The role of ecologists in influencing policy

Policy not based on evidence is dangerous.

Or at this is what Ben Goldacre would have you believe. Goldacre, a doctor, writer and journalist claims that much policy making is ad-hoc and that we should be carrying out more randomised control trials of policy relevant questions.

I agree with him.

However, there is much to be positive about as well.

The  UK government recognises the importance of science in forming policy. It acknowledges that evidence-based environmental policy is important and there are various independent bodies which help politicians access this evidence. There have also been positive moves  in following expert advice with the recent approval of Nature Improvement Areas, as suggested in the Making Space for Nature report. In addition at the recent British Ecological Society Annual Conference I heard about the government funding for work into Ash dieback in an attempt to combat the disease.

So obviously the government does value science in policy making. We are actually reasonably lucky in this country compared to some less enlightened places.

Now the bad.

The real problem for a lot of environmental issues is not that there is not enough evidence, but rather that they are fringe issues. While reducing crime will always be a priority, many issues related to conservation and environmental policy making are lower down the pecking order.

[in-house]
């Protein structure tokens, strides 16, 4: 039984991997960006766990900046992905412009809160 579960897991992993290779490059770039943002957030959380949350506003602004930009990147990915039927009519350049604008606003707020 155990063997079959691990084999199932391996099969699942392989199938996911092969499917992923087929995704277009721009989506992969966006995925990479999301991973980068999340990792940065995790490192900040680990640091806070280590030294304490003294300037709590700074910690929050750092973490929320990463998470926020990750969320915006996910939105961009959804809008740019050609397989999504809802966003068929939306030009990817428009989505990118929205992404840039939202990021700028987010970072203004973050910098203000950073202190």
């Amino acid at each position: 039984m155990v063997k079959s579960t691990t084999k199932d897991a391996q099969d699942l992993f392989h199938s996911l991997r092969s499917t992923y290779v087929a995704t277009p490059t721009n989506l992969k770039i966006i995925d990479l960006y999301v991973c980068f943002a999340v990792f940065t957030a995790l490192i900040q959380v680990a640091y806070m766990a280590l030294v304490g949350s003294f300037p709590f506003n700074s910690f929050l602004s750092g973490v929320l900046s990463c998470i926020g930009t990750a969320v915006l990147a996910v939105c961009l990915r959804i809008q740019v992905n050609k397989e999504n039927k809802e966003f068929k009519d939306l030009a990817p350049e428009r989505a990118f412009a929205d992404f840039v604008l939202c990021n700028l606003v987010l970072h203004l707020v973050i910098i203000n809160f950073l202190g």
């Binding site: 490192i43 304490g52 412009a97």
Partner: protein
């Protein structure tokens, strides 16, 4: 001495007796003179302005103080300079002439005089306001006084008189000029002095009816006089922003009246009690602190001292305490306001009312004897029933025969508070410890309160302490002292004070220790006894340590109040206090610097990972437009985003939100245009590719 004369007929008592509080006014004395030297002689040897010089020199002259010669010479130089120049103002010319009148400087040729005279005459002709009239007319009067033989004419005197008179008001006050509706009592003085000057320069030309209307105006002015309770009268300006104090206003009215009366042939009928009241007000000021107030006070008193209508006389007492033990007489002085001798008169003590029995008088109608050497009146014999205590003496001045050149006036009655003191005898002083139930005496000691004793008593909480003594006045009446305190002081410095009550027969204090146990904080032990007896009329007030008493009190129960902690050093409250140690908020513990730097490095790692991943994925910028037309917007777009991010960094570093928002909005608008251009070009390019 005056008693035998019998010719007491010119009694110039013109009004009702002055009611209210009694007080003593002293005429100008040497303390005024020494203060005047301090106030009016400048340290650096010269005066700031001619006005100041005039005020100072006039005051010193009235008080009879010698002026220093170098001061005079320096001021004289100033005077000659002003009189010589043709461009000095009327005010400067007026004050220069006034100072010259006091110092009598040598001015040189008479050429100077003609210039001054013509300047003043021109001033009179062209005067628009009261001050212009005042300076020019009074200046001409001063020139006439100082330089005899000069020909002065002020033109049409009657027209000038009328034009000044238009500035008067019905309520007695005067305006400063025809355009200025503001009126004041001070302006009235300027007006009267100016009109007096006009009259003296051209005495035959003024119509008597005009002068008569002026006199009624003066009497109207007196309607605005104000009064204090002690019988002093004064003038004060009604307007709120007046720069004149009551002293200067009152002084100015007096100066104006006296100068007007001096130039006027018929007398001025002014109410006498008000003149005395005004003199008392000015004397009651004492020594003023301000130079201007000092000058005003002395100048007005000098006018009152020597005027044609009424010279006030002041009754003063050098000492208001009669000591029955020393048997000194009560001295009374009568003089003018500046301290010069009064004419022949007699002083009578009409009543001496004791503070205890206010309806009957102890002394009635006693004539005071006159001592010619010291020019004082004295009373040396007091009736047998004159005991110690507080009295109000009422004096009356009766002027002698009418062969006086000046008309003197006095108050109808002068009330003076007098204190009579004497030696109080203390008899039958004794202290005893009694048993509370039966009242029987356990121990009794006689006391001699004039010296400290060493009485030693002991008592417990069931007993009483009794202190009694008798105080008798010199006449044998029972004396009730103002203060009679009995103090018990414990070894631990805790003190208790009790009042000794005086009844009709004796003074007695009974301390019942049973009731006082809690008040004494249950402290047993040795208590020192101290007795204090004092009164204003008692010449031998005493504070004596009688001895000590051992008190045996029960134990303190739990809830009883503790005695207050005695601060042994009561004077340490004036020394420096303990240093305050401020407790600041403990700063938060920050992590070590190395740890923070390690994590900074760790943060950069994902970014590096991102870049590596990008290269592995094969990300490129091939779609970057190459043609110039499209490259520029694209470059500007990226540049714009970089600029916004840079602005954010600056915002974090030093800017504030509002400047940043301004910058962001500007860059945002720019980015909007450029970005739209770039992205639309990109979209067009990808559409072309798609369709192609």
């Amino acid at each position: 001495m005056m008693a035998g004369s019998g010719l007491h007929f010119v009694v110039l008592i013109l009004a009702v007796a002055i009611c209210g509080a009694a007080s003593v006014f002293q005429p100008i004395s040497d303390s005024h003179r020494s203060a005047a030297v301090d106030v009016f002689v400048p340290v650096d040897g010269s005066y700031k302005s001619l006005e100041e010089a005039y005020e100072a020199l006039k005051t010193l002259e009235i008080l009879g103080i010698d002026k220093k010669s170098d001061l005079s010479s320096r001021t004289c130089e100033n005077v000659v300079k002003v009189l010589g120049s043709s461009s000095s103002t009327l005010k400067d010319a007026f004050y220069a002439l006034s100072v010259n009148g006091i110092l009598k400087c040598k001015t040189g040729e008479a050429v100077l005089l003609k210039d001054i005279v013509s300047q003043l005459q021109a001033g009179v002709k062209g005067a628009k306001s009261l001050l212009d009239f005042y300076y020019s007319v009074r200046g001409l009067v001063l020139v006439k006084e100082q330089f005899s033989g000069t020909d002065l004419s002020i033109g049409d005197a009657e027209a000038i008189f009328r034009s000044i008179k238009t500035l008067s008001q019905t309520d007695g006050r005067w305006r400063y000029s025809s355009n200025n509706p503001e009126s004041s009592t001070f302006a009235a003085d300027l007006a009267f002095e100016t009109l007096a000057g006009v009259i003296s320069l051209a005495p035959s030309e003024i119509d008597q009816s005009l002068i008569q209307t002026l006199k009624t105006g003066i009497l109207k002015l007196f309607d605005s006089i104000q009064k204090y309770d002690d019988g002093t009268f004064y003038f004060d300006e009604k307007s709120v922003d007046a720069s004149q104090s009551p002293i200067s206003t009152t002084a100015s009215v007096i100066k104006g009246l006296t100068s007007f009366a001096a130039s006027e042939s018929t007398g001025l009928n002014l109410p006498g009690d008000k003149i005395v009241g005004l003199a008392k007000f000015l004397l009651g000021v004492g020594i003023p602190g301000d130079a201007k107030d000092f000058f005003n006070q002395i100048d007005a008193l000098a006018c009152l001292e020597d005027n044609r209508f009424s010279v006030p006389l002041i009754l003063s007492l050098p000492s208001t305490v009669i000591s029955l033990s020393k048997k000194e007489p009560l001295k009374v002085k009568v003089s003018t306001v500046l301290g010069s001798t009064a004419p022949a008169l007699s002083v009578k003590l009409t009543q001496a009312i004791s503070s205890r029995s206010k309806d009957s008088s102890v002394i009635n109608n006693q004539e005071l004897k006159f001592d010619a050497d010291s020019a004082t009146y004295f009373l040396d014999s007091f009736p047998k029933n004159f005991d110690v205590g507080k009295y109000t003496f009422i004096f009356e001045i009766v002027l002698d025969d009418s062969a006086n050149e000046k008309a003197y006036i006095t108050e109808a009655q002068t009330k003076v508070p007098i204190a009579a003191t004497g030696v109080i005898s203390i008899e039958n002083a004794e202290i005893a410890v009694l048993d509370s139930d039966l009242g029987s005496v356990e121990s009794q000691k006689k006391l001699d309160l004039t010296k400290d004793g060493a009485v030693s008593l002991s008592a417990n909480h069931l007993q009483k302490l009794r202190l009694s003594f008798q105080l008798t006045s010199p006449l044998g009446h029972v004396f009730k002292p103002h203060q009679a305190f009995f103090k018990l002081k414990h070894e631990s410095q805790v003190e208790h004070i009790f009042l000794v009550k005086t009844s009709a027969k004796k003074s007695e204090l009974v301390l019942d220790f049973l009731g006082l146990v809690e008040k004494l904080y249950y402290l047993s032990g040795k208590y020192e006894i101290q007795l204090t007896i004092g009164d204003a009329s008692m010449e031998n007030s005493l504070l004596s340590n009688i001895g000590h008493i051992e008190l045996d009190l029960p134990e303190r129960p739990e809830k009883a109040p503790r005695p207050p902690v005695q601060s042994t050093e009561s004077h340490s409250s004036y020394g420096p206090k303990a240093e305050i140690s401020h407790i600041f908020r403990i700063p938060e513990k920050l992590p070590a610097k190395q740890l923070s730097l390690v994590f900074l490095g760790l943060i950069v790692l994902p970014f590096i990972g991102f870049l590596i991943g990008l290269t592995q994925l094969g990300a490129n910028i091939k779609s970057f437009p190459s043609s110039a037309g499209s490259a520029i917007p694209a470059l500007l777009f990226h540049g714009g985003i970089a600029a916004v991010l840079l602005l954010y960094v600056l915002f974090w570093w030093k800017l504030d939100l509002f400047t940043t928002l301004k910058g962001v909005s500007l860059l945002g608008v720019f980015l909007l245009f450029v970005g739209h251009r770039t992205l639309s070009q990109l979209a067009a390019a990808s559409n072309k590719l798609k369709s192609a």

These kind of things need work to make them an issue even before we try to work out what to do about them. Even policies on climate change, which is widely seen as a disaster waiting to happen, have shown little meaningful progress over the last 20 years.

This is simply because any changes would require a change in more or less everyone’s lifestyle. The public don’t want this and governments around the world want to stay in power, so they don’t do anything.

Even when issues don’t conflict with people’s day to day lives getting good environmental policy can take a long time. Ecologists often want action quickly on their pet topic but this rarely happens.

Just how long things can take was emphasised when I saw Hugh Possingham speak in Glasgow this year. He has been working on designing  protected areas so they are as representative of the marine environment as possible for 15 years. In the last year or two the Australian government has started taking this seriously and is now planning the largest MPA network in the world (though Possingham doesn’t think it’s perfect). Although he wasn’t the only one involved in bringing this to fruition it has been a long road for Possingham and the MPA network. This is just one example of how long things can take to develop into policies.

So how can we put environmental concerns higher up the political pecking order? Firstly, we need to talk to people more about why we care about the environment.

We need to work in schools and do more outreach projects. The public need to care before most politicians will do much about things.

Secondly, we should be willing to communicate policy relevant work to politicians directly. We should be happy to suggest policies to politicians – though it is down to them as to what they do with this advice.

There have been many column inches filled about the lack of scientific education amongst politicians. This is true but there is also a lack of political education amongst scientists. We should be looking to create the biggest impact possible with our work. We won’t do this by sitting in rooms talking to each other.

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